Tipitaka (Tripitaka in Sanskrit) is the name given to the Buddhist sacred scriptures and is made up of two words; ti meaning ‘three’ and pitaka meaning ‘basket.’ The word basket was given to these writings because they were orally transmitted for some centuries (from about 483 BCE), the way a basket of earth at a construction site might be relayed from the head of one worker to another. It was written on palm leaves in the Pali language around 100 BCE. The three parts of the Tipitaka are the Sutta Pitaka, the Vinaya Pitaka and the Abhidhamma Pitaka. The Tipitaka was composed in the Pali language and takes up more than forty volumes in an English translation, roughly about 20,000 pages. It is the largest sacred book of any of the great world religions.
- Digha Nikaya the "long collection"
- Majjhima Nikaya the "middle-length collection"
- Samyutta Nikaya the "grouped collection"
- Anguttara Nikaya the "numerical discourses"
- Khuddaka Nikaya the "collection of little texts":
Khuddakapatha Dhammapada Udana Itivuttaka Sutta Nipata Vimanavatthu Petavatthu Theragatha Therigatha Jataka Niddesa Patisambhidamagga Apadana Buddhavamsa Cariyapitaka Nettippakarana (Burmese edition) Petakopadesa (Burmese edition) Milindapanha (Burmese edition)
- I. Suttavibhanga the basic rules of conduct (Patimokkha) for bhikkhus and bhikkhunis, along with the "origin story" for each one.
- II. Khandhaka
A. Mahavagga in addition to rules of conduct and etiquette for the Sangha, this section contains several important sutta-like texts, including an account of the period immediately following the Buddha's Awakening, his first sermons to the group of five monks, and stories of how some of his great disciples joined the Sangha and themselves attained Awakening. B. Cullavagga an elaboration of the bhikkhus' etiquette and duties, as well as the rules and procedures for addressing offences that may be committed within the Sangha.
- III. Parivara A recapitulation of the previous sections, with summaries of the rules classified and re-classified in various ways for instructional purposes.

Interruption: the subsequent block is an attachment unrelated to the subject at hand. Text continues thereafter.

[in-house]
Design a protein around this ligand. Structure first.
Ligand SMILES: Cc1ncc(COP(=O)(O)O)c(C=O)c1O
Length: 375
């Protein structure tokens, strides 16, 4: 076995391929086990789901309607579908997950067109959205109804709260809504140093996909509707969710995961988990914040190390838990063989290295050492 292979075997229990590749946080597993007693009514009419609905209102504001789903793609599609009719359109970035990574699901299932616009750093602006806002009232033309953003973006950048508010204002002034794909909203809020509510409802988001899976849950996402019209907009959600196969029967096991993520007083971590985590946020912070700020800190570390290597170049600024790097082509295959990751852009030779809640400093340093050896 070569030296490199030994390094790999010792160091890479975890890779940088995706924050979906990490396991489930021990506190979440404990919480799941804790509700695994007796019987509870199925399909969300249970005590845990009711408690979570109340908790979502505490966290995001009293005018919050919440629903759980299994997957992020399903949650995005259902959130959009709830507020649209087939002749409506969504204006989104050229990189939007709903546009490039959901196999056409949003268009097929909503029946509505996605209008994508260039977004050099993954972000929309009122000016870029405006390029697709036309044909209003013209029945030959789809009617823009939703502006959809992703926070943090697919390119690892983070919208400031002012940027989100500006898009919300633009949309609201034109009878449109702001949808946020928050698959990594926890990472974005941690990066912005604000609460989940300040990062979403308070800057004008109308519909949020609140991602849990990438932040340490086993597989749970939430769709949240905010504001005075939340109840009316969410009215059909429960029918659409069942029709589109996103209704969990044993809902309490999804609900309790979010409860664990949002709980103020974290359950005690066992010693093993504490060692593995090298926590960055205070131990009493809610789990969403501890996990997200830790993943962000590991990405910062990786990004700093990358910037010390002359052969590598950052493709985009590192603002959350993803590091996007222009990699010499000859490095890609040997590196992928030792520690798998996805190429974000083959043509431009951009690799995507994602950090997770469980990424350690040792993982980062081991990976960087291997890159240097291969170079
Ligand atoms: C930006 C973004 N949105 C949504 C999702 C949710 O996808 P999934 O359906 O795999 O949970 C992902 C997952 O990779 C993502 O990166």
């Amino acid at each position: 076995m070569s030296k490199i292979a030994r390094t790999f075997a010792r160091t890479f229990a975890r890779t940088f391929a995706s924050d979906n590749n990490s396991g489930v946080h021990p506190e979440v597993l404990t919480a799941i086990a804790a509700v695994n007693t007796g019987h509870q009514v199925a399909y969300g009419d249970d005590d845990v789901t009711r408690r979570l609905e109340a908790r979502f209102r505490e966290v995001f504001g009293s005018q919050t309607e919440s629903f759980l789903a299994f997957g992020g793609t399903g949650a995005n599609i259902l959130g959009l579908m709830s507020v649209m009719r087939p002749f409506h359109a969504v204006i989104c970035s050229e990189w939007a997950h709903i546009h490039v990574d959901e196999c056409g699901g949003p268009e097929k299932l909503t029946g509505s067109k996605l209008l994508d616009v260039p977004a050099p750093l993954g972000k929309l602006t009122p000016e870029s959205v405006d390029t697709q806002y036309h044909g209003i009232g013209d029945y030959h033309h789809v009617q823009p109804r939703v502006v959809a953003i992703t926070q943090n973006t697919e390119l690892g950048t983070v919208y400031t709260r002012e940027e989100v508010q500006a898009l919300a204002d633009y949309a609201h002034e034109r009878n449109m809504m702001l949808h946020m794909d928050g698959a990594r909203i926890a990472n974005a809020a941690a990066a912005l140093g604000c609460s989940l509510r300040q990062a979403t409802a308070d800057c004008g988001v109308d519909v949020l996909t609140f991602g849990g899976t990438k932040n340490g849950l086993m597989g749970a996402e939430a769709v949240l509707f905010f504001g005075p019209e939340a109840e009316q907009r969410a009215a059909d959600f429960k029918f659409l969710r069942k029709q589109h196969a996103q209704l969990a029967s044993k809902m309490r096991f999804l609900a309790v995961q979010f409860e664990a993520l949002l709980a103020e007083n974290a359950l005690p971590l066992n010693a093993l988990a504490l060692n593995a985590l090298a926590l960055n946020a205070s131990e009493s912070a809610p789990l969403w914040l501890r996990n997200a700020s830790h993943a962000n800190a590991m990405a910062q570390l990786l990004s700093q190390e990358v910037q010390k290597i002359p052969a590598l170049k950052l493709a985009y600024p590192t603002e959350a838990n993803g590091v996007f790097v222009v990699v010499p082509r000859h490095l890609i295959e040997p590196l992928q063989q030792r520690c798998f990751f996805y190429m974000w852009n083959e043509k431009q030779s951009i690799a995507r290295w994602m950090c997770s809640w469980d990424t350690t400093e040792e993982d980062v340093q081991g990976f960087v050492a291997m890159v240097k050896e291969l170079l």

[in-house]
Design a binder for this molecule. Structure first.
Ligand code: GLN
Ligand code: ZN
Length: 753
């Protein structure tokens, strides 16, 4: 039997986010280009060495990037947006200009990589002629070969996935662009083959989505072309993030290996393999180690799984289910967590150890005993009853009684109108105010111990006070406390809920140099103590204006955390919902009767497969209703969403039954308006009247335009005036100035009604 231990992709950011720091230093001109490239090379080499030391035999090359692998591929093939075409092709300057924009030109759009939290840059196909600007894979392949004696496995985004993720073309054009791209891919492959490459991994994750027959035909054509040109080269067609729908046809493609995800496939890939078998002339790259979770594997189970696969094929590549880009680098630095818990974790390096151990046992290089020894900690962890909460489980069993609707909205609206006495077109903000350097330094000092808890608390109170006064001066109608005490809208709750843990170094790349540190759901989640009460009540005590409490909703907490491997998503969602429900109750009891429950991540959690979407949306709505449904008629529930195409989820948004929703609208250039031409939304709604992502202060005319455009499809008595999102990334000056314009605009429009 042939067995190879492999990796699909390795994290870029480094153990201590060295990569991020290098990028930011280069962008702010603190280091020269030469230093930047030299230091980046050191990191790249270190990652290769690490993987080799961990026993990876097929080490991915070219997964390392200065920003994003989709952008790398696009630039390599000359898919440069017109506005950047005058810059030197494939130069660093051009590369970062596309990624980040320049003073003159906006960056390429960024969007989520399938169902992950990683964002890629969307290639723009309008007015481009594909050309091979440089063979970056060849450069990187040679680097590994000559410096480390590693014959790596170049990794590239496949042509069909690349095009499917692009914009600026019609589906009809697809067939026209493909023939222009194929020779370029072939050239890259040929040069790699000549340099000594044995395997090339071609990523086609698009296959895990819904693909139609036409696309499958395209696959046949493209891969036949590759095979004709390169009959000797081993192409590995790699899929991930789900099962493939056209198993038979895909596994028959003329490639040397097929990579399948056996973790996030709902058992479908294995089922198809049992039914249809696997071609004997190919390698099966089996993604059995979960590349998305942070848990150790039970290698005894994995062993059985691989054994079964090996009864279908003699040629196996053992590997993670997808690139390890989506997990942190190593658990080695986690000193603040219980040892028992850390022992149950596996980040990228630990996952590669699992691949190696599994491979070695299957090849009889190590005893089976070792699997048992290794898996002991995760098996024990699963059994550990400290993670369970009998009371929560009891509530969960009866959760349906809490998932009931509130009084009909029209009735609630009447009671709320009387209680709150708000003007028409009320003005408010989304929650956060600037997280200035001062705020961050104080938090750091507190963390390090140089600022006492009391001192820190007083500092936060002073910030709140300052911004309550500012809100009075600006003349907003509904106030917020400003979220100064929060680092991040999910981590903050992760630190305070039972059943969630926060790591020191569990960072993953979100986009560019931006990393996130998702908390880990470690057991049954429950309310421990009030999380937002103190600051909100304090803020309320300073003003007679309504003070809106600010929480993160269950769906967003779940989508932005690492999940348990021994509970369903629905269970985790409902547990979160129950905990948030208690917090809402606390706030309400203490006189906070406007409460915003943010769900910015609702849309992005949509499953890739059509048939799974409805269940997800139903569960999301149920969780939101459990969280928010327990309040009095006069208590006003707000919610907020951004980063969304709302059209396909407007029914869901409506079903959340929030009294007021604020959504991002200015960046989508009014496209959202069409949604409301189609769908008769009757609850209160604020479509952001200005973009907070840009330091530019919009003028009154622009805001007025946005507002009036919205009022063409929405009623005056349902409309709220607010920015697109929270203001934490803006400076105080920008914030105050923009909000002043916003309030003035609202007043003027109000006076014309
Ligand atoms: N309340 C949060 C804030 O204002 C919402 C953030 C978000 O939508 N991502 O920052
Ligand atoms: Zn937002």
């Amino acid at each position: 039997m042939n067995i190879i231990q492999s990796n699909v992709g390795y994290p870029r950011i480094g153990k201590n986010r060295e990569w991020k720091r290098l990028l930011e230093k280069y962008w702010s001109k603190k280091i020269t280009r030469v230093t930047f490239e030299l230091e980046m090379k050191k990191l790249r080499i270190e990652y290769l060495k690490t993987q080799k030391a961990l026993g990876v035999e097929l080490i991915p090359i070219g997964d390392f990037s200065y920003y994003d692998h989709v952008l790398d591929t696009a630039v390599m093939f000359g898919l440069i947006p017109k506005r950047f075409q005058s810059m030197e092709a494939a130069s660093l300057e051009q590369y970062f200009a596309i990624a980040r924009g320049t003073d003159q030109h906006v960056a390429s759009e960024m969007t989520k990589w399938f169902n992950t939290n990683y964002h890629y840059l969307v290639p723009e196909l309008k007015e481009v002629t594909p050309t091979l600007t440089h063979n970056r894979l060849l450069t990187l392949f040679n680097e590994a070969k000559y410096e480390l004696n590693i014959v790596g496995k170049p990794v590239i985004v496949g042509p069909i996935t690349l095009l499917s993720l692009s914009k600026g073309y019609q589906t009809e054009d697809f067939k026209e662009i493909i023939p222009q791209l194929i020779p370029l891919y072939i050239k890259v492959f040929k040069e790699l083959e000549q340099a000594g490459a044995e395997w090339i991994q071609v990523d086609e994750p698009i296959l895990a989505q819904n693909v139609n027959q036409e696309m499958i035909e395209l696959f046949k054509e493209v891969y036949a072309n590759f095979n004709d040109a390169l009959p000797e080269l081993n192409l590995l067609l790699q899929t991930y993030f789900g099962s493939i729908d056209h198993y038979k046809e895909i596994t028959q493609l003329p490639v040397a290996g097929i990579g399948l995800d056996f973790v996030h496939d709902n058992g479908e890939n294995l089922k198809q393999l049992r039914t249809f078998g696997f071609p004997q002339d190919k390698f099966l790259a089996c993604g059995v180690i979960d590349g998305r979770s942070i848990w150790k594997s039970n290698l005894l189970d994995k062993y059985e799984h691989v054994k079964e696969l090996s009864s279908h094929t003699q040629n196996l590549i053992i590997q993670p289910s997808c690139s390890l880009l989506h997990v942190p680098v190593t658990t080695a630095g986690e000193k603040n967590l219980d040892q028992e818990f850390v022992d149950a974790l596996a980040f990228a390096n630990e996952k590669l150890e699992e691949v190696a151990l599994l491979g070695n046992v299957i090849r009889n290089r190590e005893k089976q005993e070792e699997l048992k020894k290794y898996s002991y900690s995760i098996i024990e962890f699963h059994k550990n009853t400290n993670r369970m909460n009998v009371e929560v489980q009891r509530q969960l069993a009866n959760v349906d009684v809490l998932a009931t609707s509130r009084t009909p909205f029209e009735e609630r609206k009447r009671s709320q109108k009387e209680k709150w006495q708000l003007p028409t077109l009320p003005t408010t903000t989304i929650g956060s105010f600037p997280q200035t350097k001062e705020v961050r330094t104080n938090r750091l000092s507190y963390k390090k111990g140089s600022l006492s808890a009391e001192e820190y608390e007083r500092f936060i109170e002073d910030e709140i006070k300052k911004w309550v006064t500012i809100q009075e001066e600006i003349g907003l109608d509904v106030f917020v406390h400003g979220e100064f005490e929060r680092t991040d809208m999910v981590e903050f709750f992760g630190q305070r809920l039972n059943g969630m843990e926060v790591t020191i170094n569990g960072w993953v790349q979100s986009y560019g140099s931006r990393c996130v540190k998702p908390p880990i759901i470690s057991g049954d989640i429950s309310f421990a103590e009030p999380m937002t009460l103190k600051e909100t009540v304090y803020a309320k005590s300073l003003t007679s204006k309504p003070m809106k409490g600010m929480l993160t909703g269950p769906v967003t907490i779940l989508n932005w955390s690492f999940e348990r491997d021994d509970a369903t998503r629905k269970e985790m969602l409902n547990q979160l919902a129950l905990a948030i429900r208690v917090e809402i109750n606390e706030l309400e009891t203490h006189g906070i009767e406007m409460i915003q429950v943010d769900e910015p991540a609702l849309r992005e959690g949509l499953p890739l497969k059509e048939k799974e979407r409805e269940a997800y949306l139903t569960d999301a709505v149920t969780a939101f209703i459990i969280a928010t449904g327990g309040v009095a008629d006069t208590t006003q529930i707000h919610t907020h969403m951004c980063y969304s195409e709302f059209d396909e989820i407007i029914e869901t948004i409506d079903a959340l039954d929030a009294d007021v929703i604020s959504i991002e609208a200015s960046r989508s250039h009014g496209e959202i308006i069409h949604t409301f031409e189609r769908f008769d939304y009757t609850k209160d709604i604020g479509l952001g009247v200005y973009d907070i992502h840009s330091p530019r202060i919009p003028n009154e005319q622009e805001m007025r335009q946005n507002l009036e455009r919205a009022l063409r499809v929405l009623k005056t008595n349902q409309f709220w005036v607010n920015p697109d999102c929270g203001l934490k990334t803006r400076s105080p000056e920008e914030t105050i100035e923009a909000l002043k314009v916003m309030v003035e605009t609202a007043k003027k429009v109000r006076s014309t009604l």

- Dhammasangani ("Enumeration of Phenomena"). This book enumerates all the paramattha dhamma (ultimate realities) to be found in the world.
- Vibhanga ("The Book of Treatises"). This book continues the analysis of the Dhammasangani, here in the form of a catechism.
- Dhatukatha ("Discussion with Reference to the Elements"). A reiteration of the foregoing, in the form of questions and answers.
- Puggalapannatti ("Description of Individuals"). Somewhat out of place in the Abhidhamma Pitaka, this book contains descriptions of a number of personality-types.
- Kathavatthu ("Points of Controversy"). Another odd inclusion in the Abhidhamma, this book contains questions and answers that were compiled by Moggaliputta Tissa in the 3rd century BCE, in order to help clarify points of controversy that existed between the various early schools of Buddhism at the time.
- Yamaka ("The Book of Pairs"). This book is a logical analysis of many concepts presented in the earlier books. In the words of Mrs. Rhys Davids, an eminent 20th century Pali scholar, the ten chapters of the Yamaka amount to little more than "ten valleys of dry bones."
- Patthana ("The Book of Relations"). This book, by far the longest single volume in the Tipitaka (over 6,000 pages long in the Siamese edition), describes the 24 paccayas, or laws of conditionality, through which the dhammas interact. These laws, when applied in every possible permutation with the dhammas described in the Dhammasangani, give rise to all knowable experience.
The Tipitaka on Dhamma Wiki
- See the Pali Canon category link on the Main Page for large parts of the Tipitaka in English translation and also in the original Pali.
- http://www.accesstoinsight.org/tipitaka/index.html Large parts of the Tipitaka in English translation.
- http://What-Buddha-Said.net/ Excerpts of the Tipitaka in English translation.